Lunar and horary tables, for ... ascertaining the longitude

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Page 44 - C, as seen above, are constants, depending upon the latitude of the place of observation and the declination of the star. Tables for these quantities will be found in an appendix to Annual Report US Coast and Geodetic Survey for 1874.
Page 36 - When there is a good opportunity for observing the distance between the Sun and Moon, or between the Moon and a Star...
Page 5 - ... will be the right ascension of the meridian. From the right ascension of the meridian (increased by 24 hours if necessary) subtract the sun's right ascension...
Page 17 - Subtract the true altitude of the sun's centre from 90, and the remainder will be the sun's true meridian zenith distance, which is to be called north or south according as the observer is north or south of the sun at the time of observation.
Page 12 - The Hare The Great Dog The Little Dog The Ship The Hydra The Cup The Crow The Centaur The Wolf The Altar The Southern Crown The Southern Fish Cuntellatnm.
Page 8 - ... distance of a heavenly body from the moon. 1. Under the given distance put down the two computed distances of the same heavenly body found in the Nautical Almanac between which the given true distance lies. 2. Take the difference between the first and second, and also between the second and the third. 3. From the proportional logarithm of the first difference subtract the proportional logarithm of the second difference, the sum is the proportional logarithm of the additional time to be added...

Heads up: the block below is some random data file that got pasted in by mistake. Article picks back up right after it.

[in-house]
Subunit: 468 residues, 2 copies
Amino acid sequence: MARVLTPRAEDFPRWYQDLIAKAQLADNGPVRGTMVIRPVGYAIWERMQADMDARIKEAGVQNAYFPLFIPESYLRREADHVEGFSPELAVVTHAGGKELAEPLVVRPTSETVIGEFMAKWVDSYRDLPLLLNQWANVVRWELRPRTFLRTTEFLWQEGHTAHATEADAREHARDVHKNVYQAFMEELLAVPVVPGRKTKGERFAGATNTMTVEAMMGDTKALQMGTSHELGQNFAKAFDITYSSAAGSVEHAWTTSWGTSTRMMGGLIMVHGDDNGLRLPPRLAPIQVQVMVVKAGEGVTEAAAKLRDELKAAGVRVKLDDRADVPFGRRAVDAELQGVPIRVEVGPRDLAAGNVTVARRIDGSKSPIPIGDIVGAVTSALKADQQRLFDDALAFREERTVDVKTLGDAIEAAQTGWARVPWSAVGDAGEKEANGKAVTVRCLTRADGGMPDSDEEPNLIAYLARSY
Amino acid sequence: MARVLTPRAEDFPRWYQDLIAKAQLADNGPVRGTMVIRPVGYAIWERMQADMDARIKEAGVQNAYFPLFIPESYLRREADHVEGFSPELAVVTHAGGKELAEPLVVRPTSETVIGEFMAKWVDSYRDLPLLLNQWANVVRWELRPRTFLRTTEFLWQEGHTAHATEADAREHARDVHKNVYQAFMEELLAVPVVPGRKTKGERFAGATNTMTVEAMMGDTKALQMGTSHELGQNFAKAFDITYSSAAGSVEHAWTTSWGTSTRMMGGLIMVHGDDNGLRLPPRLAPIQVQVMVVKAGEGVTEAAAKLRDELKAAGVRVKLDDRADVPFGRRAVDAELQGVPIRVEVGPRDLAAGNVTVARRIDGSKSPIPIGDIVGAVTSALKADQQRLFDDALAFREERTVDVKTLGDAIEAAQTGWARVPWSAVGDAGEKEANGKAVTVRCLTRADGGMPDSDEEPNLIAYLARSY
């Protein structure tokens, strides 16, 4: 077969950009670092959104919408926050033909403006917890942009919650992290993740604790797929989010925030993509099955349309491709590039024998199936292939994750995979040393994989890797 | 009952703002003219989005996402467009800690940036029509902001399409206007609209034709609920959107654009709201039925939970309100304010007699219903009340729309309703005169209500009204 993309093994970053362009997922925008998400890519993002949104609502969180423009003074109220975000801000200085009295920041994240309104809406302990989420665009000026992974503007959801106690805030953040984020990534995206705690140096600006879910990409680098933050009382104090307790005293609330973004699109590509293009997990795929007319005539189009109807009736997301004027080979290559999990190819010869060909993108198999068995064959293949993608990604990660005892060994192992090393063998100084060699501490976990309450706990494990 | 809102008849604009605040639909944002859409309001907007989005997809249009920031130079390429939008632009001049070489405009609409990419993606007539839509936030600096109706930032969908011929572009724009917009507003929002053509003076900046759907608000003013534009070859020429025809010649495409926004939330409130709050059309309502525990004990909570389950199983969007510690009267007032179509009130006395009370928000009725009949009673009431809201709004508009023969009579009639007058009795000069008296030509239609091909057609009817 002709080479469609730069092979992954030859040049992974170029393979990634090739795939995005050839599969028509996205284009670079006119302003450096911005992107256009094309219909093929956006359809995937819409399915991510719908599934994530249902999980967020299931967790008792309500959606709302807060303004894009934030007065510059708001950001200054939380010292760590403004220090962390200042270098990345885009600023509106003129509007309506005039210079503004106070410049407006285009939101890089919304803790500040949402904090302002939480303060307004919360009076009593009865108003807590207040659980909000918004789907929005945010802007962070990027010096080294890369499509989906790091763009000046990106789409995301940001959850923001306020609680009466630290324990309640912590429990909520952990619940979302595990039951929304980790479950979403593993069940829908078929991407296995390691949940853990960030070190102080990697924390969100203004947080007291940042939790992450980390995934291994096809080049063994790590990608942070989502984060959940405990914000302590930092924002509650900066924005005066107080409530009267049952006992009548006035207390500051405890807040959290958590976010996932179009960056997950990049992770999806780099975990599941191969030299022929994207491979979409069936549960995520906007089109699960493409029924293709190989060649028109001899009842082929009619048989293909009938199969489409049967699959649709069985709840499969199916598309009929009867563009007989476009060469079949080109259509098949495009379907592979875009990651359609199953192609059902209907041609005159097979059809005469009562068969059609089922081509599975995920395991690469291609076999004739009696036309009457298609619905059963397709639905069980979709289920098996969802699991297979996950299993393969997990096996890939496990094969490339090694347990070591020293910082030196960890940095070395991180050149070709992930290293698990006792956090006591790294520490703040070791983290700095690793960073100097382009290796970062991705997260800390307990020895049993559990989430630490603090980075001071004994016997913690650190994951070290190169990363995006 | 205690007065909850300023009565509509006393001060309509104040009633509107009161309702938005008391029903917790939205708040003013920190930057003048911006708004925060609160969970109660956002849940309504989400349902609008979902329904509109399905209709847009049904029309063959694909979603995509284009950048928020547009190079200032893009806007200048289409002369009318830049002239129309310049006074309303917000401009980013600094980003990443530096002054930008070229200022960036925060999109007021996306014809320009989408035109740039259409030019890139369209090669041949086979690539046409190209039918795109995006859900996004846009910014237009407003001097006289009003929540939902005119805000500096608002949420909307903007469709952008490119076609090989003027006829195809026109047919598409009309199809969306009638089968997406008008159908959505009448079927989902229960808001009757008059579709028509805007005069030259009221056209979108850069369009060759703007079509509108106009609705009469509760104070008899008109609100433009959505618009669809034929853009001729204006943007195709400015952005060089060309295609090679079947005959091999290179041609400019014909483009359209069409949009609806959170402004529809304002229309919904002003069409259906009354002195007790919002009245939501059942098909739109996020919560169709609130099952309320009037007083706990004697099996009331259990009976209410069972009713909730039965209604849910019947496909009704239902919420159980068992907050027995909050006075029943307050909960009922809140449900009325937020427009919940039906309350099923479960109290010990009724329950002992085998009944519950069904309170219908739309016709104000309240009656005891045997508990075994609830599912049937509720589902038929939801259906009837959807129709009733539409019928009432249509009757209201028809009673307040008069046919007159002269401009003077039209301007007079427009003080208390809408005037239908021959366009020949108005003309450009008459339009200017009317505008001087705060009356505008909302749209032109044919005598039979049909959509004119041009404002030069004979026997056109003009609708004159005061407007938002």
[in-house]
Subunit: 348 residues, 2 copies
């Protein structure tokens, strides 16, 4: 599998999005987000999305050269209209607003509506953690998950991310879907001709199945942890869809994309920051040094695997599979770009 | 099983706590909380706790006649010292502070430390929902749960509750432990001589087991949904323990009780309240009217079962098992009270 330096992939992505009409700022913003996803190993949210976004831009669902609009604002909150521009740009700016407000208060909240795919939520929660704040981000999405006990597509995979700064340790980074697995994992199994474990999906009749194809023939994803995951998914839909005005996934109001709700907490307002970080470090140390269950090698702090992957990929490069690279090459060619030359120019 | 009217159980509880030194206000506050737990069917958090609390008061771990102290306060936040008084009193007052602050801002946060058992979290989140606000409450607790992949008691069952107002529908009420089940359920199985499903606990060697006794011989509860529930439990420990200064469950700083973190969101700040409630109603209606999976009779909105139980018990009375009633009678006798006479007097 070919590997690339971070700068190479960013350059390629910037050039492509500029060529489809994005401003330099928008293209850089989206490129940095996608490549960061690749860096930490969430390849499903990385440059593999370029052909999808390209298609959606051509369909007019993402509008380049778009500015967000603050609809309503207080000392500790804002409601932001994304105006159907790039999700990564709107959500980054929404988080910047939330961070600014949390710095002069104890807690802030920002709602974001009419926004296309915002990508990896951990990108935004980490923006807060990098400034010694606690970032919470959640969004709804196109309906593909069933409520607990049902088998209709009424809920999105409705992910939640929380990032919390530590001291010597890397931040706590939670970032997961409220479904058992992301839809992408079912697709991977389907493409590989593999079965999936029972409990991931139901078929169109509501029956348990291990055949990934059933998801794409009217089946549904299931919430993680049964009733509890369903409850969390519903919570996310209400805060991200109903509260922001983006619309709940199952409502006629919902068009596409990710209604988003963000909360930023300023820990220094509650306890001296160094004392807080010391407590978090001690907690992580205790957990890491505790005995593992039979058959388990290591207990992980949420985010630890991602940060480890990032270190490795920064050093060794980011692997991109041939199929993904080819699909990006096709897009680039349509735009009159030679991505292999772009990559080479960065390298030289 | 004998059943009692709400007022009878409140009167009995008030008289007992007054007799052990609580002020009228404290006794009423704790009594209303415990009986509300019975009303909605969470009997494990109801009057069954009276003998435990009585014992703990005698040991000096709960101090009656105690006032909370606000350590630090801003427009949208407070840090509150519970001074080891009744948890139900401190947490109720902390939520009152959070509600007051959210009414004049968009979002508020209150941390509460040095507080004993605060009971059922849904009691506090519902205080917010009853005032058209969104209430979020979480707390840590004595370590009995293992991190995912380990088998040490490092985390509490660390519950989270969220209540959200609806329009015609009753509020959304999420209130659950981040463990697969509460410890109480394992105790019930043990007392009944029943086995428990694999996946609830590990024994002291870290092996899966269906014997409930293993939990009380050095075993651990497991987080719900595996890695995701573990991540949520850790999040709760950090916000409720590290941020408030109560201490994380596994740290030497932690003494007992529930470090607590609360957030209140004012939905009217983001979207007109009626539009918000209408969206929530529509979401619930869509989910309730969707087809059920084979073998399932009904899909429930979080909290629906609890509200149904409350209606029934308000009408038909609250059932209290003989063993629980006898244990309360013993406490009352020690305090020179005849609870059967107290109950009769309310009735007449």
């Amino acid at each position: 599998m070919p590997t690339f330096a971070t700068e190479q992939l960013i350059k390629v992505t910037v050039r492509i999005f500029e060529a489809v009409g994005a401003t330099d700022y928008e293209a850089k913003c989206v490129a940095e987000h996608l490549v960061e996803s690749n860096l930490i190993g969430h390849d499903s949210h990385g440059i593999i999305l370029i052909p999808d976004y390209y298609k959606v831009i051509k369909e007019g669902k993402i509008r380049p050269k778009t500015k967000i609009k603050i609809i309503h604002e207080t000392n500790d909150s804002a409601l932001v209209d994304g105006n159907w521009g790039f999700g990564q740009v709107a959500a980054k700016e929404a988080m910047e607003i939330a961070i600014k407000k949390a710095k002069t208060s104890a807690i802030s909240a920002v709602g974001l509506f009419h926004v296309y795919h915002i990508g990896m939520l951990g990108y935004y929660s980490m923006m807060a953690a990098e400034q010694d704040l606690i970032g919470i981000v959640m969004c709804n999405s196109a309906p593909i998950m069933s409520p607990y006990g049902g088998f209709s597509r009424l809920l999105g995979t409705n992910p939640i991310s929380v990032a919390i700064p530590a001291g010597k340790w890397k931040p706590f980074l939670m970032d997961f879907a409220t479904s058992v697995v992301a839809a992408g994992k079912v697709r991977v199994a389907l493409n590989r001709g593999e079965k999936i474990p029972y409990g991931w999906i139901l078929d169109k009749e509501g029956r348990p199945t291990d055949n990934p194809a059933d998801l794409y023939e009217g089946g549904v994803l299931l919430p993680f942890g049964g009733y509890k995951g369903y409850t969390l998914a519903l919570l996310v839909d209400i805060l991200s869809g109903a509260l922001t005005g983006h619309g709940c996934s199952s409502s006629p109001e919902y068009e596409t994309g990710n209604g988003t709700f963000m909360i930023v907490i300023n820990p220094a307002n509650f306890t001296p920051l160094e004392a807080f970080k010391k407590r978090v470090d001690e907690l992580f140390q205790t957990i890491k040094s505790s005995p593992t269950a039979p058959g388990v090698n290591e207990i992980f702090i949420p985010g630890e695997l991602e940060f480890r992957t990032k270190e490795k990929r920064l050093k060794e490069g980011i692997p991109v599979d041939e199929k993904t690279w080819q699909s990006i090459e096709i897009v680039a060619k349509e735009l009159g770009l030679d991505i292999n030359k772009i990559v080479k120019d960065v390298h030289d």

Page 16 - Benetnach, the Star in the point of the tail of the Great Bear, and Deneb, in the tail of the Lion, is a.
Page 18 - ... to be on the meridian below the pole ; if the altitude be then taken, the latitude may thence be found as follows : — RULE. Correct the...

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